Just the plain sight of the vacuum cleaner, throws our older dogs into despair and panic mood and each and every time I try to clean our living room floor, we go through the same procedure.
They stop whatever they are doing and act like their life would be in immediate danger. No other machine in, or around the house causes so much panic, not even the lawn mower or the yard blower.
They are instantly alert when they see me pushing the vacuum cleaner and they are ready for takeoff any second. They are torn between their loyalty toward me and their fear from the loud monster, which seems to be chasing them, no matter where they go.
We have only one room with carpet and that’s our living room; the room, where we all live together in the evenings and on the weekends. That’s where we, the humans have our chairs and get comfortable and so do the dogs on their pillows. It’s their room as much as ours, our safe haven, where we all get together and unwind from a long day.
Our house routine got shaken up a little, when we took a new puppy in. Both of our dogs tried to teach the newcomer everything they think a dog should know, for a successful and happy life in our home.
They share toys and treats, they teach how to bark at the mailman and how to wake up our house squirrel, when it’s napping on the fence.
The weather got cooler, they spend more time inside now and the doggy door is not used as frequent, as it was used during the summer months.
Our new puppy is a very happy dog. Patches tail is wagging all day long and she has a very friendly demeanor toward anything new that comes her way, including the loud monster that cleans the carpet.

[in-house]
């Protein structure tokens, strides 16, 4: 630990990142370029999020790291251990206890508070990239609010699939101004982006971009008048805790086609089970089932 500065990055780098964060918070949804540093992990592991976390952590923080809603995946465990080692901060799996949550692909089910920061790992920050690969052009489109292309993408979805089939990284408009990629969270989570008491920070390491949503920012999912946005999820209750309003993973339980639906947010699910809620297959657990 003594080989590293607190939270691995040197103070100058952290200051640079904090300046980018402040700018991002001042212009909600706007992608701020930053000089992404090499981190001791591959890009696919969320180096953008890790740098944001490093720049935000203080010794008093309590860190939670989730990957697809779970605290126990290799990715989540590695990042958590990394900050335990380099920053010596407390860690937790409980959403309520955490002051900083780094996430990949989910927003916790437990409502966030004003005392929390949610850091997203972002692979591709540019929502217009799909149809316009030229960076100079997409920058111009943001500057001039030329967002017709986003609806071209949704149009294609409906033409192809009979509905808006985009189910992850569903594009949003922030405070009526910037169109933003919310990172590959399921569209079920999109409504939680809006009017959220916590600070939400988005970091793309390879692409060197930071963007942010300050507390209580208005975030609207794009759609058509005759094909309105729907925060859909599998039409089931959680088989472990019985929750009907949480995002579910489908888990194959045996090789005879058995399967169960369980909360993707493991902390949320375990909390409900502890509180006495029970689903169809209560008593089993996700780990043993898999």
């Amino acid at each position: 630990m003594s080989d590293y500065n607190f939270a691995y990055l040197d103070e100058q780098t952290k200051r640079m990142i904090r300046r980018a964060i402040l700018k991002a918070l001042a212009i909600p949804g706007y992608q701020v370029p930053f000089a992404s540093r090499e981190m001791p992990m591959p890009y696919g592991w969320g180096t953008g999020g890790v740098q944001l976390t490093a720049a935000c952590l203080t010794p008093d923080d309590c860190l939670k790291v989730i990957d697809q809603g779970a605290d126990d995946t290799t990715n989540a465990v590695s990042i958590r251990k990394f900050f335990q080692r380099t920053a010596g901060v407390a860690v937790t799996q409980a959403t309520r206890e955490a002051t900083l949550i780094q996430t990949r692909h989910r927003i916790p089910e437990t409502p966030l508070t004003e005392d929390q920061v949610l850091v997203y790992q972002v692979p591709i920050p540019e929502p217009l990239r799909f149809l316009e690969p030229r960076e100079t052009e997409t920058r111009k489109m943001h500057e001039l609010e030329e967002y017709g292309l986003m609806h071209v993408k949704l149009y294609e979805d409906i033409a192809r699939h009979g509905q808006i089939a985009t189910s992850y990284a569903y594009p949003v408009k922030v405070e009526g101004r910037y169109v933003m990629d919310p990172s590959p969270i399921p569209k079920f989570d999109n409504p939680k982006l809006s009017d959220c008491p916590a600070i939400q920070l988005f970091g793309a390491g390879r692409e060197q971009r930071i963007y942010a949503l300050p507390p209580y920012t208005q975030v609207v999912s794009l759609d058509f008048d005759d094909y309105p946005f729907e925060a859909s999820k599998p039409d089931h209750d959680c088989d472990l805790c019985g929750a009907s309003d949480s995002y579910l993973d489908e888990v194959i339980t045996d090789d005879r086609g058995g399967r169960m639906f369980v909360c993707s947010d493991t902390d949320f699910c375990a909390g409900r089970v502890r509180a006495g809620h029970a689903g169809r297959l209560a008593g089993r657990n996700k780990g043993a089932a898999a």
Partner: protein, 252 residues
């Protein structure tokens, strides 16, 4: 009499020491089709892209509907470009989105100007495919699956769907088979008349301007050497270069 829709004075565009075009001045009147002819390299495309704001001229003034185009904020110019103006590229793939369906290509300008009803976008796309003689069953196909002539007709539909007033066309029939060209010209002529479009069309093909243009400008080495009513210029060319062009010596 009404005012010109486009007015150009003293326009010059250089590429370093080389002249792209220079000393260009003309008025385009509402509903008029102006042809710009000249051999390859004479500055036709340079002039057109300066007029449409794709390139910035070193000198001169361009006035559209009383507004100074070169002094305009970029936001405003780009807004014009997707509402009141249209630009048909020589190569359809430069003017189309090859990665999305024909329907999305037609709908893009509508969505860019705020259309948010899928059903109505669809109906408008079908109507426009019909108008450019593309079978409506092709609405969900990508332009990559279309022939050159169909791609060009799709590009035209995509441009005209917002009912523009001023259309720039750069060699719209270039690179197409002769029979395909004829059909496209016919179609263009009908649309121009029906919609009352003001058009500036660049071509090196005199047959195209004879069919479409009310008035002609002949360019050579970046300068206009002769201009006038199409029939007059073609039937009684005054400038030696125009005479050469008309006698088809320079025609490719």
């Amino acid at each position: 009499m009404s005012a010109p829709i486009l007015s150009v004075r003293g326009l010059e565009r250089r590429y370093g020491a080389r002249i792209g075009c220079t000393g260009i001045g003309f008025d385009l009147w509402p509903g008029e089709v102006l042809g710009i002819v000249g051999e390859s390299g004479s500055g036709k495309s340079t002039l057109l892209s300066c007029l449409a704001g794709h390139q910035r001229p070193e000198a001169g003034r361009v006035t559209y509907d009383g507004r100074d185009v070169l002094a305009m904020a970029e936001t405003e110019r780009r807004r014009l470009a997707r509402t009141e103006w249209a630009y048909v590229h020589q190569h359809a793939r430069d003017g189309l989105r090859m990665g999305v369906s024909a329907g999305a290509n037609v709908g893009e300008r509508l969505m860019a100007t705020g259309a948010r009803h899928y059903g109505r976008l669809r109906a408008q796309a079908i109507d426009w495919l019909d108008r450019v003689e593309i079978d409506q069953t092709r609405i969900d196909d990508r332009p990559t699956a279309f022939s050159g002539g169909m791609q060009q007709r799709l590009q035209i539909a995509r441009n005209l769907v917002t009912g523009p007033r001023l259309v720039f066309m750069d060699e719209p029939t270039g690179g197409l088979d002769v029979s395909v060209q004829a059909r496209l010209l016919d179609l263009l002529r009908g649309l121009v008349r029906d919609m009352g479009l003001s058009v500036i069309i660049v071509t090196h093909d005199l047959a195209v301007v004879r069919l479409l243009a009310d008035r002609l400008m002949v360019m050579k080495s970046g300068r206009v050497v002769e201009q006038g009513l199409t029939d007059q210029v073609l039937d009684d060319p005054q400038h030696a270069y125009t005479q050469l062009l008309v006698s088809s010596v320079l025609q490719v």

I entered the living room with the vacuum cleaner and Patches just sat there on her pillow with a curios look on her face. She is 5 months old and everything new is greeted with the same curiosity and the same excitement. Patches didn’t act fearful at all; she walked up to the vacuum cleaner, looked at it, sniffed a little bit, wagged her tail and declared the “new friend” as harmless.
I started to vacuum clean and still everything was fine. The puppy was playing with a toy on the dog bed; the older dogs were outside…life was good.
That changed about one minute later, when the older dogs came into the house. They entered the living room – the same way Kramer does on Seinfeld – and they were instantly on full alert. Both looked in disbelieve at the “Monster” and the puppy. Our oldest dog stood between the dog pillow and the vacuum cleaner and he started barking, while the other one went to the dog bed to alarm the puppy.
The puppy didn’t move right away, but then finally she got up and stood beside our oldest dog, who was still barking. Patches looked confused and I could tell she wasn’t sure what to do and so she started barking as well.
Now life was back to normal and chaos took over. The little one went under a chair, only her nose and the chair were sticking out and she was shaking like a leave. The older ones, who are too big to fit under any furniture, declared defeat and decided to drawback. They gave me a pitiful look, barked one last time at the vacuum cleaner and left the room in formation. The oldest first, the youngest dog last.
I was shaking my head. It had started so good and for a minute there, it looked like our new family addition wasn’t’ scared of anything and the ongoing war between dogs and vacuum cleaner would finally come to an end.
It made me wonder about us, the human beings. We are smarter than that, aren’t we?
We humans know better, than to program fear into our children and grandchildren right?
But then, when I thought about it some more, I realized that many of us react the same way our dogs just did. Hate, fear, distrust and racism are often a family tradition and the torch gets passed from generation to generation.
Children often don’t really know what they saying and they don’t know how much their words and actions will hurt others; they just repeat what they heard at home without thinking.